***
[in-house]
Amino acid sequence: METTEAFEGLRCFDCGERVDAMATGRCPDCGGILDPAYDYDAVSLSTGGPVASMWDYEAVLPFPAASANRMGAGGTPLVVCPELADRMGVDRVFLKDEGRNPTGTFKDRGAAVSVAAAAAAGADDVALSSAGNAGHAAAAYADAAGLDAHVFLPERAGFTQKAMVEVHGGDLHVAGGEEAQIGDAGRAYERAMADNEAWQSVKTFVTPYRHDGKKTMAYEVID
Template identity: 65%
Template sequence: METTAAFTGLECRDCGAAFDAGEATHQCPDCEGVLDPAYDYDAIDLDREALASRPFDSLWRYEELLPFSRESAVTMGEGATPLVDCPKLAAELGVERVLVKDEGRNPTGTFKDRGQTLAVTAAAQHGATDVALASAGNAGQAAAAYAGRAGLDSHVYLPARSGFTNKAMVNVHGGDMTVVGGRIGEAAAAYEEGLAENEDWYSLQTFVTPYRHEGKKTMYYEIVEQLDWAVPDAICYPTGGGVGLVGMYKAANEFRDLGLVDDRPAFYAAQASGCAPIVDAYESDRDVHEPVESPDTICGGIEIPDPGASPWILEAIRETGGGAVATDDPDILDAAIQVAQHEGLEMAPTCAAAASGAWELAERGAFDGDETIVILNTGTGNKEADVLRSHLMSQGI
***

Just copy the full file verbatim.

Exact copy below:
[in-house]
Amino acid sequence: METTEAFEGLRCFDCGERVDAMATGRCPDCGGILDPAYDYDAVSLSTGGPVASMWDYEAVLPFPAASANRMGAGGTPLVVCPELADRMGVDRVFLKDEGRNPTGTFKDRGAAVSVAAAAAAGADDVALSSAGNAGHAAAAYADAAGLDAHVFLPERAGFTQKAMVEVHGGDLHVAGGEEAQIGDAGRAYERAMADNEAWQSVKTFVTPYRHDGKKTMAYEVID
Template identity: 65%
Template sequence: METTAAFTGLECRDCGAAFDAGEATHQCPDCEGVLDPAYDYDAIDLDREALASRPFDSLWRYEELLPFSRESAVTMGEGATPLVDCPKLAAELGVERVLVKDEGRNPTGTFKDRGQTLAVTAAAQHGATDVALASAGNAGQAAAAYAGRAGLDSHVYLPARSGFTNKAMVNVHGGDMTVVGGRIGEAAAAYEEGLAENEDWYSLQTFVTPYRHEGKKTMYYEIVEQLDWAVPDAICYPTGGGVGLVGMYKAANEFRDLGLVDDRPAFYAAQASGCAPIVDAYESDRDVHEPVESPDTICGGIEIPDPGASPWILEAIRETGGGAVATDDPDILDAAIQVAQHEGLEMAPTCAAAASGAWELAERGAFDGDETIVILNTGTGNKEADVLRSHLMSQGI